The Shelter I Would Choose
As a first time homebuyer, I’d take advantage of a little known government program calledMortgage Credit Certificates that will be treated as additional income by the bank, making qualifying for the loan a non-event. Think of it as the type of program Mitt Romney would take advantage of but only for the poor and middle class. As long as you live in the home and retain the mortgage, you can get $2,000 in cash taken off your taxes every year. That is another $167 per month.
So now we’re up to $6,800 per year in surplus cash that I have on this hypothetical $40,000 annual salary that you don’t.
The Transportation Situation I Would Select
(Side Note: To break the hypothetical for a moment and put this into perspective so you know I practice what I preach, despite having a real life household income exponentially higher than the scenario we are running, my automobile expenses last year including gasoline, maintenance, and insurance was only $3,768.59, making it not only a fraction on relative terms, but nearly half on absolute terms. That’s because I don’t allocate a lot of money to cars, and I drive them into the ground until they fall apart. They are depreciating assets. The moment you buy one, every day that goes by and every mile that is driven, it loses part of its capital value. You should not have a significant percentage of either your income or your assets in that type of holding! If I could get away with it, I would walk, bike, take the bus, or join a carpool, avoiding the car expense altogether, but we’ll imagine that isn’t possible due to the presence of a child in the household in this little scenario.
This obsession with transportation is the embodiment of the problem I wrote about in this article, when I said the single biggest cultural indicator to me that tells you immediately that someone was born into, and will pass on, the cycle of poverty is to look at the percentage of their income and assets they allocate to a car. I built upon it in an article called The Importance of Frugality in Building Wealth. I have even broken down my own opportunity cost decisions when buying a car as I considered upgrading my own vehicle last year.)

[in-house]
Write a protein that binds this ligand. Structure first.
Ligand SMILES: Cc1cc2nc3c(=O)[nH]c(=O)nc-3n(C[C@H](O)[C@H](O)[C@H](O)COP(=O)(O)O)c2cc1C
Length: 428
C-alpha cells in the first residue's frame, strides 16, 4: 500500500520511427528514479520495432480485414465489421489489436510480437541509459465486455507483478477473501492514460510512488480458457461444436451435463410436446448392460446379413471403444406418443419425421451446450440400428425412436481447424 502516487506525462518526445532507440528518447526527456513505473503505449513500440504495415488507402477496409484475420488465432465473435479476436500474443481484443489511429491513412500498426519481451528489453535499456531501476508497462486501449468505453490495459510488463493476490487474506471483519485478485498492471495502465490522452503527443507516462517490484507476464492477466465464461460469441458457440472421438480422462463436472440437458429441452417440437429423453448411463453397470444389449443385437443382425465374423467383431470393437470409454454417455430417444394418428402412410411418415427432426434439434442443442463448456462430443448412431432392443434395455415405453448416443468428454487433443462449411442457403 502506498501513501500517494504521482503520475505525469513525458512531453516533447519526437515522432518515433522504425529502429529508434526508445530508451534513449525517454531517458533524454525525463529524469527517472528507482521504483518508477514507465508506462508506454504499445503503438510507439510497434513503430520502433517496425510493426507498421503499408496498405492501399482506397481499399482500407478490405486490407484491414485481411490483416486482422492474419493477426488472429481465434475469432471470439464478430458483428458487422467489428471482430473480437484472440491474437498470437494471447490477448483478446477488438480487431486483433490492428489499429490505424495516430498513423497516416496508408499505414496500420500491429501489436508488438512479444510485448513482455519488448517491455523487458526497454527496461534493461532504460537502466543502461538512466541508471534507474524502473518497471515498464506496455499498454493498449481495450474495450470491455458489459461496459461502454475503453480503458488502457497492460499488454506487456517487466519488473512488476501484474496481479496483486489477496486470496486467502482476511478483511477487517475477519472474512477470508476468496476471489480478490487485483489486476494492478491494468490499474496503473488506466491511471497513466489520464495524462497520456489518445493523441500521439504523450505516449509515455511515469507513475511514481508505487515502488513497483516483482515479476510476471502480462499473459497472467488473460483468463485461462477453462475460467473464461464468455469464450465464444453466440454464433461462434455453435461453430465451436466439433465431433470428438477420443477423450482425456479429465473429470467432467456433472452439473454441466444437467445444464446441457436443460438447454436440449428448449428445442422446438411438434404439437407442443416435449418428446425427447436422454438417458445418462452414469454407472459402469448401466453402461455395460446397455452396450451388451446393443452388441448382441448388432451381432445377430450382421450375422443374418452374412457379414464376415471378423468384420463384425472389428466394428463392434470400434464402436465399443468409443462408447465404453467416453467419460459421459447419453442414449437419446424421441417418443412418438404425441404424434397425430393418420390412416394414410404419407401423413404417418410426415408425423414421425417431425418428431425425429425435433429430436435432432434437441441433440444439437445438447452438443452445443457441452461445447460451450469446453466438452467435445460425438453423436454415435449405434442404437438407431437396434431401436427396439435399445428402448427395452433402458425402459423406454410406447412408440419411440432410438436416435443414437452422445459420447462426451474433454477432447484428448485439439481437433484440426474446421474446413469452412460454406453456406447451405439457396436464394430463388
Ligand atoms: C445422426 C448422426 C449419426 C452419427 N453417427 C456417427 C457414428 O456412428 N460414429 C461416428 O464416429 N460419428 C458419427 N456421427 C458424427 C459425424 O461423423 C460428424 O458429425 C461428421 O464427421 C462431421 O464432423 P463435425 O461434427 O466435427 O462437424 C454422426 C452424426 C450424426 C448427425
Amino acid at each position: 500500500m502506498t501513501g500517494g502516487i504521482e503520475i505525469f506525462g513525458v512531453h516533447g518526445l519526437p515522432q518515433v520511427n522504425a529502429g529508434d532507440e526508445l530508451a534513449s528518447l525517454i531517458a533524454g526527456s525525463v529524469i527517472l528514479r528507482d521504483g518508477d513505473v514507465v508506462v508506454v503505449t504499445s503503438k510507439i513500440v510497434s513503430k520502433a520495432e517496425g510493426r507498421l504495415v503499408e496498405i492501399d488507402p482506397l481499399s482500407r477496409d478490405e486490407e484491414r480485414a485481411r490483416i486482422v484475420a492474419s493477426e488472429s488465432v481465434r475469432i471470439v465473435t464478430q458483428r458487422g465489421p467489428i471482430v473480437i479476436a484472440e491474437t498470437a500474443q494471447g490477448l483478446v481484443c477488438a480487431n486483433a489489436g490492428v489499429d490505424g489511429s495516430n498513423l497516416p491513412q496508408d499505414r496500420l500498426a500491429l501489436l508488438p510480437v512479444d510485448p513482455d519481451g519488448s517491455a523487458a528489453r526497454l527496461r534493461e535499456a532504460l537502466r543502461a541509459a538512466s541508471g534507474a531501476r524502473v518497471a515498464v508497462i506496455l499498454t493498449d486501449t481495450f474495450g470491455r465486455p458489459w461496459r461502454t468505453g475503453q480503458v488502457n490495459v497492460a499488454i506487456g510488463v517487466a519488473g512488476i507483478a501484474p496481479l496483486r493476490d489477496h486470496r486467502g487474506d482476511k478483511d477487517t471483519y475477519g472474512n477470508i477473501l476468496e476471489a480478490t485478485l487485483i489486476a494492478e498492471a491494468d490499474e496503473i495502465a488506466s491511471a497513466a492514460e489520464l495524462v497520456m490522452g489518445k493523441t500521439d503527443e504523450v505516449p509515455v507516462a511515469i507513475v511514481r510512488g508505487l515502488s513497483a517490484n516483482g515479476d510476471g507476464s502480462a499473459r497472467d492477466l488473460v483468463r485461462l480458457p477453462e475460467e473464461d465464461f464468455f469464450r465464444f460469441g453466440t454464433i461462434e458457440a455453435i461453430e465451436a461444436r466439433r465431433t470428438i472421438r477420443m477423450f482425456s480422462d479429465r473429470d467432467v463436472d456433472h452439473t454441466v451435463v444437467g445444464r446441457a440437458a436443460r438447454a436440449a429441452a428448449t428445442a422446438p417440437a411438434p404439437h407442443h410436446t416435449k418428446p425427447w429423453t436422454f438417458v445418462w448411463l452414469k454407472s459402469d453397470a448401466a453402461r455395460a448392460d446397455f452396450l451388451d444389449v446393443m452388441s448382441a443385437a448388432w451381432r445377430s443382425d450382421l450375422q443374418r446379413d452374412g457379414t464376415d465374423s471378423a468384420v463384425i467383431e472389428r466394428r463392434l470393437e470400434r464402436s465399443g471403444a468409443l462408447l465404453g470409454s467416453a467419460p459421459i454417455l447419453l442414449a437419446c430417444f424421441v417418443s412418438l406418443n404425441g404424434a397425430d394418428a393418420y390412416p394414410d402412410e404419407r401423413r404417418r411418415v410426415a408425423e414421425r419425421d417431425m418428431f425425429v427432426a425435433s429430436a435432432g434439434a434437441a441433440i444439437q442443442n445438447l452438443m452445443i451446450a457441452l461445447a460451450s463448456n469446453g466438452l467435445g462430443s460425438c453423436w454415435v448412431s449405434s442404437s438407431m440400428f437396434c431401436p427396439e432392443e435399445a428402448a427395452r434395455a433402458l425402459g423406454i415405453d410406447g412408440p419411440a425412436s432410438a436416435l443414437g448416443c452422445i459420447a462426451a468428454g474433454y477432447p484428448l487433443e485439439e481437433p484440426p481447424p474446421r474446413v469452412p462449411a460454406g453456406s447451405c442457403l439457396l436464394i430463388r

I’d go to my bank, which is offering car loans for 2.99%, and get a 5-year loan for $11,000 to buy a barely used extremely fuel efficient car, like a Fiat 500. There are only three of us you said – me, a spouse, and a child – and 34 miles per gallon is about as good as I’m going to get, generating some fairly significant fuel savings, keeping even more cash in my pocket. (Some men seem to have a problem driving a smaller car to save money, stop compensating for your shortcomings elsewhere. The price differential in their case could be known as an “insecurity tax”. You need to put your family’s well-being and your own independence ahead of your short-term misplaced pride. You need to focus on beingfinancially successful, not looking financially successful.)
You are spending $120 per month on gasoline, or $1,440 per year. The price of gasoline right now is $3.16 per gallon, so you’re banking on buying 455 gallons in a year, assuming steady gas prices. That should give the car I bought 13,000 to 16,000 miles on the road, so we’ll call it even and keep it the same. That seems like a reasonable enough allowance.
At this point, my hypothetical family has an extra $9,228.68 per year in cash than your family, which is $769.06 per month. We live in a four bedroom Colonial and drive a one year old used, but still practically new, car.